Thursday, August 20, 2009

"...Therefore What?"

Recently on CNN, Campbell Brown was interviewing a man who was organizing

protests at Congressional town hall meetings. He was bringing in people to protest

the President's attempt to reform healthcare. He happily admitted his group is supported

by corporate funding including the health insurance industry, and made a plea for more

funding to continue the protests. That the protests are corporate-fueled is not news.

The former Tom DeLay hitman, Dick Armey, heads one of the main groups organizing

the "grassroots" protesters. What was new about the interview as Brown's final question.

She told the organizer she understood what he was against; but now wanted to know what

he was for. What kind of healthcare reform did he want Congress to pass? You could

hear the crickets chirping in the background, the silence was so pervasive. The man

literally had nothing to say.

One of my favorite questions to ask when debating an issue is "...therefore what?"

You know these kinds of discussions; each side stridently makes its points. The rhetoric

is heated. The language is incendiary. Feelings are brought to bear and decibel levels

increase. After an adversary finishes making their points, or takes a breath or concludes

a harangue; I will ask "...therefore what?" I now know what you oppose, but what do you

propose? It is the $64,000 question and it has the ability to create deafening silence.

Brown asked the protest organizer her version of "...therefore what?" You stop

Obama. You block a public option for healthcare. You prevent any legislation of this

kind from passing Congress. Now what? The protest organizer had no answer because

his only job was to stir up opposition. He had no answer because he wasn't seeking one.

He was silent because his job is not to find an answer to the healthcare problem; just

stop anything from passing by creating the illusion of a popular uprising against anything

currently being debated.

The opponents of healthcare reform are unable to answer "...therefore what?" because

they want to preserve the status quo. They are funded by the insurance industry, the

hospital industry, big Pharma, and by the Regressives because they want to beat back

reform once again as they have since 1912 when Teddy Roosevelt made the first attempt

to increase access to healthcare for more Americans. The Republicans in the House and

the Senate have adopted a strategy of delay and obfuscation. They wish to distort and

oppose "anything" that changes how healthcare is funded. They understand, as do their

corporate backers, that Americans pay twice as much per year for healthcare than do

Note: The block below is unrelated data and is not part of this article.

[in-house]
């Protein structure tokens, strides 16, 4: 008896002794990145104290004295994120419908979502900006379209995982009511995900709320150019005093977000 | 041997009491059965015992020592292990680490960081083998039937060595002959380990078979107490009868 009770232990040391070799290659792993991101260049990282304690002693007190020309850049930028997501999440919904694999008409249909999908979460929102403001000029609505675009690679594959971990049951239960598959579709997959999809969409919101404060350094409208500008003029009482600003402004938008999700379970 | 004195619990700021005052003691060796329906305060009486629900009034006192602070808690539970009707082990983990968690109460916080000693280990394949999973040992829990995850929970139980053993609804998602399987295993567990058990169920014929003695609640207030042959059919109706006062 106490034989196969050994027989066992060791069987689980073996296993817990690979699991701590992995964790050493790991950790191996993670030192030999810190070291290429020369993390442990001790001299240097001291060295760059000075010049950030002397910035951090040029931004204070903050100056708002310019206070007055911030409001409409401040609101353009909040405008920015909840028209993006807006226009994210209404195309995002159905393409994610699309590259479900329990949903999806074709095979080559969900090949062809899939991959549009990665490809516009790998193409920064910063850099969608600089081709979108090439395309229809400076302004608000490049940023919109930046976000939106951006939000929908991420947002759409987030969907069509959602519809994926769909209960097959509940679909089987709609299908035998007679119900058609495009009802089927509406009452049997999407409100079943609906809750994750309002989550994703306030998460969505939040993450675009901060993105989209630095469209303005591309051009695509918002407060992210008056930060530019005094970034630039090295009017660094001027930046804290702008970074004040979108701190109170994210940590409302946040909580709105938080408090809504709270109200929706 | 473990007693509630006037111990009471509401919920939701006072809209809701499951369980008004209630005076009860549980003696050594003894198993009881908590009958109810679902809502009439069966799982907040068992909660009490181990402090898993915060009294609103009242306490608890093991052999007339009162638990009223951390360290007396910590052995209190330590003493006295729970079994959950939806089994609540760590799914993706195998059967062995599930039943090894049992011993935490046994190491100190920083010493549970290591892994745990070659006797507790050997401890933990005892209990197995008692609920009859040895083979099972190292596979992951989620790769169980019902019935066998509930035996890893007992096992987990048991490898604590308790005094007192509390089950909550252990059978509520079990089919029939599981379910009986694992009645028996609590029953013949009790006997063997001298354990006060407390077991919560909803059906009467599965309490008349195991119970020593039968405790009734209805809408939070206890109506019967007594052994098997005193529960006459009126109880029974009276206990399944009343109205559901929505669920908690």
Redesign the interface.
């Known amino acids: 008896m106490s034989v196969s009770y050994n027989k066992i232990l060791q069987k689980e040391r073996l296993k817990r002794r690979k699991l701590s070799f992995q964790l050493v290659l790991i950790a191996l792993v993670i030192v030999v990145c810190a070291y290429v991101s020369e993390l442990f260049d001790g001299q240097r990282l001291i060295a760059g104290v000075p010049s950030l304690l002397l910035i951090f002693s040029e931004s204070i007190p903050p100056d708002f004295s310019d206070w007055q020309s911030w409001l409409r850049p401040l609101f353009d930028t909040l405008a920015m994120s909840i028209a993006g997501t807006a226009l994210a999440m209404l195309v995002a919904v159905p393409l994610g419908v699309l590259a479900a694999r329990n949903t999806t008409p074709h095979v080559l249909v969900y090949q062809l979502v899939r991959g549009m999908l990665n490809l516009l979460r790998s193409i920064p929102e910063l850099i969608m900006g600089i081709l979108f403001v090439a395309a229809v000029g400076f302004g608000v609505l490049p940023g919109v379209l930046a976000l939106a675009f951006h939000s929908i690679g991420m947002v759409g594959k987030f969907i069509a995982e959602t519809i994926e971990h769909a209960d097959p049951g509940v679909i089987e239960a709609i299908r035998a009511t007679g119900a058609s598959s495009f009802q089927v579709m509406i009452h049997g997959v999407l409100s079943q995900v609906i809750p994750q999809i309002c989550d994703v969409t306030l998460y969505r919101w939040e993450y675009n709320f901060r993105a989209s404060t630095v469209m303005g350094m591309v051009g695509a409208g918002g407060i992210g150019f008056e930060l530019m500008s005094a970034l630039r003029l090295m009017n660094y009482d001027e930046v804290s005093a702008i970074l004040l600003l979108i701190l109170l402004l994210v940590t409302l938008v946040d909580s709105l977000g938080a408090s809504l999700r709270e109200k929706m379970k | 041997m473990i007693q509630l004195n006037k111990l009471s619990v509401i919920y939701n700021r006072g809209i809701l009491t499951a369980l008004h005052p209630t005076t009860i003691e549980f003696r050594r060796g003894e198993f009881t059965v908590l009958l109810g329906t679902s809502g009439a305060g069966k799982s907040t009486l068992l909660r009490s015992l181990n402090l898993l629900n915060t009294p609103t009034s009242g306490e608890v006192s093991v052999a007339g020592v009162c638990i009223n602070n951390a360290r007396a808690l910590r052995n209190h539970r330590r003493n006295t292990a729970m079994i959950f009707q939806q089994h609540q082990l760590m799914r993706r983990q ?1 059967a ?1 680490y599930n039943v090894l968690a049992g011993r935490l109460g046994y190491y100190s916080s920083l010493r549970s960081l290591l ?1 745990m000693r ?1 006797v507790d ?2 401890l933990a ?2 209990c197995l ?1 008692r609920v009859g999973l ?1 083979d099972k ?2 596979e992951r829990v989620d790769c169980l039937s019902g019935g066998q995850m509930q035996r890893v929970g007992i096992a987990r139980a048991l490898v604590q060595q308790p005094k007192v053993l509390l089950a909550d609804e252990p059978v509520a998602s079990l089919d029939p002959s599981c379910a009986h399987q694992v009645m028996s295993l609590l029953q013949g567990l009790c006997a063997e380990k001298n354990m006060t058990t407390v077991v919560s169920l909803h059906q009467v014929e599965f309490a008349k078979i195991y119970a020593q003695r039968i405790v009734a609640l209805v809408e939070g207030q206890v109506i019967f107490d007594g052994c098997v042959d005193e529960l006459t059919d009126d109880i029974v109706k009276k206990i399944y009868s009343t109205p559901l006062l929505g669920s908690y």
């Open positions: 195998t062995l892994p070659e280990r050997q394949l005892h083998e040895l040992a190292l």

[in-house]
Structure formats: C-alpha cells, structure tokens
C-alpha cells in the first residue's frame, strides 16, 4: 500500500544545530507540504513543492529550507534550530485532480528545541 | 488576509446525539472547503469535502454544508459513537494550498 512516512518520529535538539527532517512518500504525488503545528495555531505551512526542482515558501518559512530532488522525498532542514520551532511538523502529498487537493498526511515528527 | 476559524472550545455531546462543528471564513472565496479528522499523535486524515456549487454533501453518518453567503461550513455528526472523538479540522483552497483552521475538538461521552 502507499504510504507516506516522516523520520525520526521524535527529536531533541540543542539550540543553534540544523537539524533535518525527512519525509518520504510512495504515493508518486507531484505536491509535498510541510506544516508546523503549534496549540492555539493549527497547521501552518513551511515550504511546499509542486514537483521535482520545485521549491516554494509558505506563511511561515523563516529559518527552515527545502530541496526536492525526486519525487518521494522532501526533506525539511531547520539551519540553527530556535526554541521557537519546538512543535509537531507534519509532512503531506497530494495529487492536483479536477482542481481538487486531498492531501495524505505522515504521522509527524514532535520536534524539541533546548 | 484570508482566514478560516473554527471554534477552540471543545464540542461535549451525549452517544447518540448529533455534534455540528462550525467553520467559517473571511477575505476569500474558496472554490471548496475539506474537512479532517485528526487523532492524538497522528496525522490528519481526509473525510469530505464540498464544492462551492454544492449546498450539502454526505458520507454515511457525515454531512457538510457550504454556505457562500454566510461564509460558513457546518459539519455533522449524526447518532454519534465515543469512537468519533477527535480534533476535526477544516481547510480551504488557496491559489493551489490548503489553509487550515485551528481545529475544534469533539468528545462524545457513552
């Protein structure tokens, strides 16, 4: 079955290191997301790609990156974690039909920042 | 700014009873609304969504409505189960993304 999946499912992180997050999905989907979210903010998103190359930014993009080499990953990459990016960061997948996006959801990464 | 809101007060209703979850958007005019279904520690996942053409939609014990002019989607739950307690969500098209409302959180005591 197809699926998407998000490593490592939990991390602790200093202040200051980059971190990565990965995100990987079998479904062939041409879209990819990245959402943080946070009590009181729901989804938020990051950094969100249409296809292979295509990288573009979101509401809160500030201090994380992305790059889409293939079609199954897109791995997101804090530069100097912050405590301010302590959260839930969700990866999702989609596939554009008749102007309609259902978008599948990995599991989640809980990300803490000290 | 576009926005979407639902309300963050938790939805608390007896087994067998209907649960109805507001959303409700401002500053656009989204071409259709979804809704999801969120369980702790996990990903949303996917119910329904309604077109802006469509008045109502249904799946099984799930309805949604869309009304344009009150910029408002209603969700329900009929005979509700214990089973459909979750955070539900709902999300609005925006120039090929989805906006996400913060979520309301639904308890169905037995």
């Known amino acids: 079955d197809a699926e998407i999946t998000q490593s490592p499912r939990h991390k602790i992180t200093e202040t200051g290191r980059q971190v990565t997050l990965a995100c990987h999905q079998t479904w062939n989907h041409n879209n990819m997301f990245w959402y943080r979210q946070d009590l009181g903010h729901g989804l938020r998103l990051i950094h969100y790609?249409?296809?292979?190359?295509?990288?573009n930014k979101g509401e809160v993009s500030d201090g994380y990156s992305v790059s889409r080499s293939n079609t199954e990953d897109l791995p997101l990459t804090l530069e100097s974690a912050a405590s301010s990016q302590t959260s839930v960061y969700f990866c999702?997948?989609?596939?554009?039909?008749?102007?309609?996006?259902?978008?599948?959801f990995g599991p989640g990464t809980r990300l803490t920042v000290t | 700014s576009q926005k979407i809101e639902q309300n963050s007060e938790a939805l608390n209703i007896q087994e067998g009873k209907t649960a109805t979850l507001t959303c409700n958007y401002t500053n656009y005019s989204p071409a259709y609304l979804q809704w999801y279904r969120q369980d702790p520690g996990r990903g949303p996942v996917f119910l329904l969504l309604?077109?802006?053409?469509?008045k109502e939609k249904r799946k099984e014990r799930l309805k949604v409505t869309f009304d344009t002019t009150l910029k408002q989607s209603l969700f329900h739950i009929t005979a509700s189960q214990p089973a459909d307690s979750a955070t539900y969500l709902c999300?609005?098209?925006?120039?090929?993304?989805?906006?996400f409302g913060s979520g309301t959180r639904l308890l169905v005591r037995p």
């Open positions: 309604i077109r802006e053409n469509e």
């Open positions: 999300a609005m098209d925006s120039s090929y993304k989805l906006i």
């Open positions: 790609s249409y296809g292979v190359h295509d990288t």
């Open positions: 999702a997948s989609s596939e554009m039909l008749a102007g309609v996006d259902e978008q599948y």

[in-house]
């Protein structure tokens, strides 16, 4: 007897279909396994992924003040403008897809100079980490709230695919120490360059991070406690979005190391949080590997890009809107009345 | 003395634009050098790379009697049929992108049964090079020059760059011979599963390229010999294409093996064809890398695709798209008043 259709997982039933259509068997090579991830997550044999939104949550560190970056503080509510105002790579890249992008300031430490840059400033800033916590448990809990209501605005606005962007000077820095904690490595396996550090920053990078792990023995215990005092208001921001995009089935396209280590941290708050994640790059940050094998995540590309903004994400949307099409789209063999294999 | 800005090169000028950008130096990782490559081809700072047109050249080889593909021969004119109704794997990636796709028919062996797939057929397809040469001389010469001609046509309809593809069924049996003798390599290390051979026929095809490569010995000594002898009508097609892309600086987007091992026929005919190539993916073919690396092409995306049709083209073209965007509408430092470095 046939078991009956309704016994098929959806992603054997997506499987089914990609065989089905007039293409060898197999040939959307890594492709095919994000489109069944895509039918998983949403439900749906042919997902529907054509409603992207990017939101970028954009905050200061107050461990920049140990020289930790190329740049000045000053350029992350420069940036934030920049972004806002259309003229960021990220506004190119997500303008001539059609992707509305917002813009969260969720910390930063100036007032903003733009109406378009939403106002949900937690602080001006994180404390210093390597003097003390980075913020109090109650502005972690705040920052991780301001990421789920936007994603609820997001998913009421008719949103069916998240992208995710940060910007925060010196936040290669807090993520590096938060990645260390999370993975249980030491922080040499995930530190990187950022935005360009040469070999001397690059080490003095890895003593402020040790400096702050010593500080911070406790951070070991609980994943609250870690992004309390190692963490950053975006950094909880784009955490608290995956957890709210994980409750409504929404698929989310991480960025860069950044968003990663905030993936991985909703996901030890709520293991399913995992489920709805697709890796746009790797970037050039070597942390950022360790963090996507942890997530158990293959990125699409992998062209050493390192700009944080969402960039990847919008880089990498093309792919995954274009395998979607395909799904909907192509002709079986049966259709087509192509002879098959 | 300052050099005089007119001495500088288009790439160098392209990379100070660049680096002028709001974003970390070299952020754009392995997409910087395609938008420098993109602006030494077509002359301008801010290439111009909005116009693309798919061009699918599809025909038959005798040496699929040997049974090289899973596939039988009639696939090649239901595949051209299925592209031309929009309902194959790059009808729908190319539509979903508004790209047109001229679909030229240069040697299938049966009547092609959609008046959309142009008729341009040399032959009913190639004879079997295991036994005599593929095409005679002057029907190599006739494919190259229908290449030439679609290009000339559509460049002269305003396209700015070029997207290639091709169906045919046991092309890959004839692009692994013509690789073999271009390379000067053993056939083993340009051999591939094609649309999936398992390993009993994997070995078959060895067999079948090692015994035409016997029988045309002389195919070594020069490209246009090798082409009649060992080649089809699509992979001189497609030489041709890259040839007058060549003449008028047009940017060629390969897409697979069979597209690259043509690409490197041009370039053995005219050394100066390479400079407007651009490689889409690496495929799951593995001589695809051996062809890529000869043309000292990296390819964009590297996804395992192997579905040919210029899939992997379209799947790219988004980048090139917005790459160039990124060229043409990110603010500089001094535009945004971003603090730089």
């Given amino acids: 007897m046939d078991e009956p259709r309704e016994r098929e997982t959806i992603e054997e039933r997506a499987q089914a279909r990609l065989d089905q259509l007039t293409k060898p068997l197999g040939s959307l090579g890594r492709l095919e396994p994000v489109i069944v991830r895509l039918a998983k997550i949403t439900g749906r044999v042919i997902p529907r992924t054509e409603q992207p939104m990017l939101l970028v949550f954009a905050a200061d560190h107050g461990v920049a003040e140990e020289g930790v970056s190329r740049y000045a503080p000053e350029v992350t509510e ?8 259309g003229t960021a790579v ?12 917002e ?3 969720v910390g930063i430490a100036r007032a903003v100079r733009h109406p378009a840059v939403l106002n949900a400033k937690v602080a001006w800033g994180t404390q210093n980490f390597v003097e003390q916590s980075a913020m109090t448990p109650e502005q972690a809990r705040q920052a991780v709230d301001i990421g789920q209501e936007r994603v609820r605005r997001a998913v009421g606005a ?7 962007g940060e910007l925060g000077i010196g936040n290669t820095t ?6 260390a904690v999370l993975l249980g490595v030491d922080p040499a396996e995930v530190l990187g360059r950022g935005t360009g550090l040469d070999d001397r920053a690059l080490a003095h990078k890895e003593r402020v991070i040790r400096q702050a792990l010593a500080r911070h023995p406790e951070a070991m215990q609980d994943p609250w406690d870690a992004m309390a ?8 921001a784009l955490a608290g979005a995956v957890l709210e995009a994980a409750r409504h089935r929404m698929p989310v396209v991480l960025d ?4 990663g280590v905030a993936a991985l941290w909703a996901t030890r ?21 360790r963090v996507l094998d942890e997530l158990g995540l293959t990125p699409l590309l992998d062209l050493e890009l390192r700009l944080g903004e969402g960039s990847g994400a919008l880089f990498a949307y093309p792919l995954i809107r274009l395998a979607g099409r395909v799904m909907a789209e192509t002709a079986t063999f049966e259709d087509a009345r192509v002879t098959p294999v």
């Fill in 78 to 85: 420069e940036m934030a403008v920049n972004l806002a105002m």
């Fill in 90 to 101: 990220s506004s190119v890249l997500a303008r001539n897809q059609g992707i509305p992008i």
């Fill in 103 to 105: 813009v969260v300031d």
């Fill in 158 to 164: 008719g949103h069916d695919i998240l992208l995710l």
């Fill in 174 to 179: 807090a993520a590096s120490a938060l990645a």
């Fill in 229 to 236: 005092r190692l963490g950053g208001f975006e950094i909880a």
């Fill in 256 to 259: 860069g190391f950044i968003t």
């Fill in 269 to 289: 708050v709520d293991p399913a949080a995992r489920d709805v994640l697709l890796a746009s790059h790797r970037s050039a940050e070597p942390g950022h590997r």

citizens in any other industrialized nation. They know Americans get half the benefits

than citizens of other nations; and that those citizens live longer, have lower infant

mortality rates, and better quality of life for less money. They know that if the system

is "reformed" there will be less money, insurance companies will face competition for

the first time (a novel notion in a capitalistic society); which means they will have less

money to pour into Congressional coffers. Healthcare reform would dry up one of the

biggest revenue pools that Republicans use to fund their political campaigns. (Democrats

are not off the hook here either. The so-called "Blue Dog" Democrats are receiving

millions of dollars of contributions from healthcare industries committed to killing

reform.) Neither Republican leader in the House or Senate has offered an alternative

proposal to reform the system, increase access, and reduce the cost. A few have trotted

out medical savings accounts as an alternative; but know that that does nothing to address

the underlying structural problems in the system.

We go back to Brown's interview and the amazing image of a man looking like a deer

caught in the headlights when asked what he is for, rather than what he is against. It was

a great TV moment. If every interviewer would ask every opponent of healthcare reform

the $64,000 question "...therefore what?", the ensuing silence would say more than the

President can about the nature of this debate. This is not a debate. This is not about two

competing ideas on how to fix a broken system. This is a campaign, well funded and well

organized, to kill reform and have things stay as they are.

Senator Charles Grassley from Iowa is one of two Republicans supposedly trying to

negotiate a middle ground and produce a more moderate proposal. He is on record as

opposing any public option. He is also on record having promised Senate Republican

leader Mitch McConnell that he would not vote for any bill the majority of Republican

Senators oppose. So what is he negotiating? How would Senator Grassley answer when

asked "...therefore what?"

Try it in any debate you engage in with political foes: You don't like the President's

economic stimulus package, therefore what do you propose? You don't want to change

energy policy in this country: "...therefore what?" You didn't like President Clinton going

to North Korea to bring home the captured American journalists: "...therefore what?"

It is easy to bluster and bloviate, argue and attack, criticize and kvetch, but it is much

harder to answer: "...therefore what?" What do you think? I welcome your comments

and rebuttals. Please send them to

No comments:

Post a Comment